As shown in Tables 5 and 6, most children's CAP and SIR mean scores for each of the 7 to 15 implantation month divisions in the ≤month group were higher than those in the >month group at the 24th, 36th, 48th, and 60th-month follow-up evaluation intervals after CI, signifying that the development of hearing and speech ability in the ≤month group was faster and more pronounced. However, most children's CAP and SIR mean scores in the ≤month group were very close to but never exceeding those of the children in the >month group for each of the 16 to 36 implantation month divisions at any follow-up evaluation interval.

Table 5

Table 5

Table 6

Table 6

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Discussion

Data from this study showed that the auditory ability and speech intelligibility of hearing-impaired children younger than 3 years continuously improved with time after CI, but the development of speech ability lagged behind that of hearing ability in the early evaluation intervals. The CI age had no significant effect 2 years after CI, but a younger CI age is still recommended. The optimal cutoff age for CI timing is at 15 months.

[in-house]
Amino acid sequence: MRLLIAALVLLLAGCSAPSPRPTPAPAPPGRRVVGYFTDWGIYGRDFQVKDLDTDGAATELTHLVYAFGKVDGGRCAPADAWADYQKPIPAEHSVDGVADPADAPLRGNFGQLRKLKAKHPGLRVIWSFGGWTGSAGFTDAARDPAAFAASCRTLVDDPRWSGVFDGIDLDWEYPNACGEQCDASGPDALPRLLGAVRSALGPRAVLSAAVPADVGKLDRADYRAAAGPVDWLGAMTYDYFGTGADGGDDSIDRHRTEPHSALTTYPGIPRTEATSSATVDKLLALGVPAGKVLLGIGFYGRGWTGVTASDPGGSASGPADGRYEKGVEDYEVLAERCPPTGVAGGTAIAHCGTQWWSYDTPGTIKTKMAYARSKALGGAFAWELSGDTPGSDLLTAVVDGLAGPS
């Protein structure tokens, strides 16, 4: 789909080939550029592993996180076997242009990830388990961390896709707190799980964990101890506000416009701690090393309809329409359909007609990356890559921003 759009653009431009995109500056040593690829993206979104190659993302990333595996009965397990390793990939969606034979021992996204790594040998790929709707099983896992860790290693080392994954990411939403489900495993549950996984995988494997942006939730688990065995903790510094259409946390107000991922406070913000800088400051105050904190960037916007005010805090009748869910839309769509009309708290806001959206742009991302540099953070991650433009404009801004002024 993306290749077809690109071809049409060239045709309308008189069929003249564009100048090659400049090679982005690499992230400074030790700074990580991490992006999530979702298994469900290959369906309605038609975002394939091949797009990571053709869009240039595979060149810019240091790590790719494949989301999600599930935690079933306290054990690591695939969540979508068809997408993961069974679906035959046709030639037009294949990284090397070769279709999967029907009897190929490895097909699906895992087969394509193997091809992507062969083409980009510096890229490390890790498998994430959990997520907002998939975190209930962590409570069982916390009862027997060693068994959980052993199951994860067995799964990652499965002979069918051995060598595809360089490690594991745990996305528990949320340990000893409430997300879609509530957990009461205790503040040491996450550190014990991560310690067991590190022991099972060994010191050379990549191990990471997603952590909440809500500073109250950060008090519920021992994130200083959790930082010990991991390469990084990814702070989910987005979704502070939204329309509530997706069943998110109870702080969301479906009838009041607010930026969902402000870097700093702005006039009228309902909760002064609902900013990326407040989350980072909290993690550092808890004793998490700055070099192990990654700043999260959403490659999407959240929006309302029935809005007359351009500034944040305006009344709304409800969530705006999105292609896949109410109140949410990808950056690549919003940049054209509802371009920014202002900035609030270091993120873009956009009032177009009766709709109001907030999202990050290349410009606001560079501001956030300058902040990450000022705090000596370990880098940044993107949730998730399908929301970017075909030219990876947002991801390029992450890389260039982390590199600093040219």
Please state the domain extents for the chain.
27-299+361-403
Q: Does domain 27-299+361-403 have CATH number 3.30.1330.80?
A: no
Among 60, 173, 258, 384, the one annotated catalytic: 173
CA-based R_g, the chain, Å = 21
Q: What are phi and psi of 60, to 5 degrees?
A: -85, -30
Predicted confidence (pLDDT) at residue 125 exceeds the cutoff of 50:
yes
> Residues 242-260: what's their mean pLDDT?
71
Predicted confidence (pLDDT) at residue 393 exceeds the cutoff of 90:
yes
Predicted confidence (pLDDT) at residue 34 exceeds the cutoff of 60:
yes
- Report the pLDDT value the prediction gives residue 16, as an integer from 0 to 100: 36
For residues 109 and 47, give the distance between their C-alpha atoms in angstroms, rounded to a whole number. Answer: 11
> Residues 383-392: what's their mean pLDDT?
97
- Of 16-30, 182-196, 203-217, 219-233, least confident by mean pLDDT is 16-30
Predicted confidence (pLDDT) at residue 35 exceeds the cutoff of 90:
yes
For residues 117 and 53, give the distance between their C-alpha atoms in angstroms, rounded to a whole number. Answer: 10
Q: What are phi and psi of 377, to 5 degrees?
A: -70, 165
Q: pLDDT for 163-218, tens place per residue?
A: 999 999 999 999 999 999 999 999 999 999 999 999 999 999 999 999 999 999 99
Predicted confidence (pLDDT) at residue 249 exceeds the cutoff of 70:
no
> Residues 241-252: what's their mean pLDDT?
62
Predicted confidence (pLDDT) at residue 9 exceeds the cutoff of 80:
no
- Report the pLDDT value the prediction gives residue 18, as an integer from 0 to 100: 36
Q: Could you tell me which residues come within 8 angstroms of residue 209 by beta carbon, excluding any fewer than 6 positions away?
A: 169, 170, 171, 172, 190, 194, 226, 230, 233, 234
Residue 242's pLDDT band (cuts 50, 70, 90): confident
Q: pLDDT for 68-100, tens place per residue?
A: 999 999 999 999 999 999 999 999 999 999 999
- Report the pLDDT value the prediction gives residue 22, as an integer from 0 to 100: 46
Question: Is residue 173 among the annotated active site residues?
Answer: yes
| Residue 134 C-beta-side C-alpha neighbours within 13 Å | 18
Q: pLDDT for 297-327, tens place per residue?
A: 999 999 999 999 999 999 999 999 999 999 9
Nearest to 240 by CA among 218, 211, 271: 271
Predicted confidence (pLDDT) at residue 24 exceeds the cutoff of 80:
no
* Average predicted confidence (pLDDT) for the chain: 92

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Rules of CAP development

As shown in Figures 1 and 2, the auditory ability of hearing-impaired children under 3 years of age showed a gradual growth trend after CI, but the development was not linear. The CAP scores showed the fastest change and a significant growth trend within 6 months after CI, indicating that the development of auditory ability is very important during this period. This is consistent with the findings reported previously.[14–16] We also observed that early CI, and especially rehabilitation training within the first 6 months after CI, is crucial for the development of auditory ability in young hearing-impaired children.[17]